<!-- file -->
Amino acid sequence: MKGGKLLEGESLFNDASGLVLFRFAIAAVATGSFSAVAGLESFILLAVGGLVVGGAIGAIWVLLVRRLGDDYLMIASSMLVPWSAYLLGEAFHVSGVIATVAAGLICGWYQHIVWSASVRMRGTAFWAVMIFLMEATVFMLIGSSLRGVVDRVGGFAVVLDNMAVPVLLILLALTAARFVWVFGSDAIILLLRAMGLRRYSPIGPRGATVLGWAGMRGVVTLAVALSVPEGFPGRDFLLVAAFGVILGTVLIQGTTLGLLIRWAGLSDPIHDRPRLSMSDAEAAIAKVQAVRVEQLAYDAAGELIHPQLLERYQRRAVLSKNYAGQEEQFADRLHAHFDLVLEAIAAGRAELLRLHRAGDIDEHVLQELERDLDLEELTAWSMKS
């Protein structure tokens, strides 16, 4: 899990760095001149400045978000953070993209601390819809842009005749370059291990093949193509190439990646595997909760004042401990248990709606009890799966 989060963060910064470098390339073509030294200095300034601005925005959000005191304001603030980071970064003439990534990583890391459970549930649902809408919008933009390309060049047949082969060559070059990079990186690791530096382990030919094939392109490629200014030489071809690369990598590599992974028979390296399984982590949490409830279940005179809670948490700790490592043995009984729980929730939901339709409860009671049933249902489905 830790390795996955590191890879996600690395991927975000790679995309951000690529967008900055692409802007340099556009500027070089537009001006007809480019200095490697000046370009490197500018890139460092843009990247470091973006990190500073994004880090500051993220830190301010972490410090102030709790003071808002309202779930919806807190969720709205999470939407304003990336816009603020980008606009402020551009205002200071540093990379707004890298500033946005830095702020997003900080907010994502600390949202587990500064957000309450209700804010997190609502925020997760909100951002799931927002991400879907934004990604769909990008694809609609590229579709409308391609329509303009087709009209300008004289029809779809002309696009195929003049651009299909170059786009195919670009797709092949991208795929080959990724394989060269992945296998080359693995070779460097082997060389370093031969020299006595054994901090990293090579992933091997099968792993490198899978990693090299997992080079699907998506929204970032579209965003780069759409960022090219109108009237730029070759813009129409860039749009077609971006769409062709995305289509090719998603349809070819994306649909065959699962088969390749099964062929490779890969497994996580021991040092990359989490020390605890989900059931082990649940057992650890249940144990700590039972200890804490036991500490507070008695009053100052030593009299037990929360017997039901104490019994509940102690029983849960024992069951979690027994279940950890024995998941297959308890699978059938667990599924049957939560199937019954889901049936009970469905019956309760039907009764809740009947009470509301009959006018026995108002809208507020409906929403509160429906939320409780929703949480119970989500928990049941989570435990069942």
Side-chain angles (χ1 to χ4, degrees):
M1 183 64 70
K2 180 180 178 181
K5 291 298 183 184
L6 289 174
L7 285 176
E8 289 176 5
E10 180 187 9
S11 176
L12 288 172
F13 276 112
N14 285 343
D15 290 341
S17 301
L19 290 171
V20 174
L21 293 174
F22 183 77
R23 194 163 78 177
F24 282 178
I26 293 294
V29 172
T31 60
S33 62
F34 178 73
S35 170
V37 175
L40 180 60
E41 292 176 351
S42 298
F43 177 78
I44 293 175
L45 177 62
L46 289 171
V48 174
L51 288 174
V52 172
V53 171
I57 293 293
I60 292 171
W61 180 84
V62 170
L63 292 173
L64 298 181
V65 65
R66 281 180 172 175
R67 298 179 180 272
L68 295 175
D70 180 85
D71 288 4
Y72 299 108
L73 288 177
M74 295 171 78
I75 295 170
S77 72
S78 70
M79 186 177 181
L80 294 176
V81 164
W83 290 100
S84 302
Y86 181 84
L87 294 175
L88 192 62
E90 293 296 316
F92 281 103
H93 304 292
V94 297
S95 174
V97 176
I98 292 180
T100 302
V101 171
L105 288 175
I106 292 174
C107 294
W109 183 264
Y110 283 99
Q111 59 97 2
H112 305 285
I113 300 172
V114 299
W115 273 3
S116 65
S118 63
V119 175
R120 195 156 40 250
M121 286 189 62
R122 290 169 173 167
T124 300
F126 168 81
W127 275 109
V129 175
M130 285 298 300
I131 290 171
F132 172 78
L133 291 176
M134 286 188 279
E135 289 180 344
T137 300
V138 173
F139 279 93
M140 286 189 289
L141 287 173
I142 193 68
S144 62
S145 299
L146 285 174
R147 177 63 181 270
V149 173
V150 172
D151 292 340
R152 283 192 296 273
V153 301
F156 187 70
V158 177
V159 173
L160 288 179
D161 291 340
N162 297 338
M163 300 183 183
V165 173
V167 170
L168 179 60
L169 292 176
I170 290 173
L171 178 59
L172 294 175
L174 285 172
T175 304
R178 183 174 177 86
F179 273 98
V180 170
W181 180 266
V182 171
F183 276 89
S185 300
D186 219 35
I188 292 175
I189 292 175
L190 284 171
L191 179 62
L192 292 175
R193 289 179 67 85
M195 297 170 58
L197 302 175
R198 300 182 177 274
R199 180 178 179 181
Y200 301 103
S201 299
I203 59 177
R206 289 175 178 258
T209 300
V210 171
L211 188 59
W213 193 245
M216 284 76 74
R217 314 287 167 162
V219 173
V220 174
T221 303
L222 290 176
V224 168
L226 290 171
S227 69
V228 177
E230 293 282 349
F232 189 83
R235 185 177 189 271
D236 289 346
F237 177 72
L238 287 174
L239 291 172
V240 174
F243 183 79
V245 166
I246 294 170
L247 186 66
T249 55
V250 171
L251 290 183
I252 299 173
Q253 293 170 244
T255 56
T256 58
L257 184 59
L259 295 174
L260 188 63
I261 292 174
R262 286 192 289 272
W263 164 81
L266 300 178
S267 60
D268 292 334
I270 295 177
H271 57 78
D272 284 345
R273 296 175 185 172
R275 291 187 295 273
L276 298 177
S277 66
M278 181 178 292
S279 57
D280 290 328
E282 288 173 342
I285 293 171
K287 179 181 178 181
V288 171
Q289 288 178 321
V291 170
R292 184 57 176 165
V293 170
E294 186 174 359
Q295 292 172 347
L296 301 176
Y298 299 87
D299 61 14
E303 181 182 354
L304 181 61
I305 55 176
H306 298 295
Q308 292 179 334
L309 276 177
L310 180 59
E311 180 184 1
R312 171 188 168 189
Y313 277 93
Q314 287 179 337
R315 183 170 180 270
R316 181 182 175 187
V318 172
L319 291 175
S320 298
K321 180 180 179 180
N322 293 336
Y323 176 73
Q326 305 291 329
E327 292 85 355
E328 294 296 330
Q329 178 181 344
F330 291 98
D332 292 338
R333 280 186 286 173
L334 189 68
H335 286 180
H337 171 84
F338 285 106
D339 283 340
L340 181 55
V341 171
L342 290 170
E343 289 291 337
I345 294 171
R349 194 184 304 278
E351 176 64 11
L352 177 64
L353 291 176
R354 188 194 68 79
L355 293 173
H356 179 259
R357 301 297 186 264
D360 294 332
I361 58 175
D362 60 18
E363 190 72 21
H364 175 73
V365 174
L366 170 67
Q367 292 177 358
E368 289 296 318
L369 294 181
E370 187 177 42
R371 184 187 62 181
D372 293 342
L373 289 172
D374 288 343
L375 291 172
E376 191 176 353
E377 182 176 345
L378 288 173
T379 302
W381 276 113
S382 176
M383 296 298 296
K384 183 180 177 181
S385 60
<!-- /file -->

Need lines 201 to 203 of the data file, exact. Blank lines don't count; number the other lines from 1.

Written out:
R275 291 187 295 273
L276 298 177
S277 66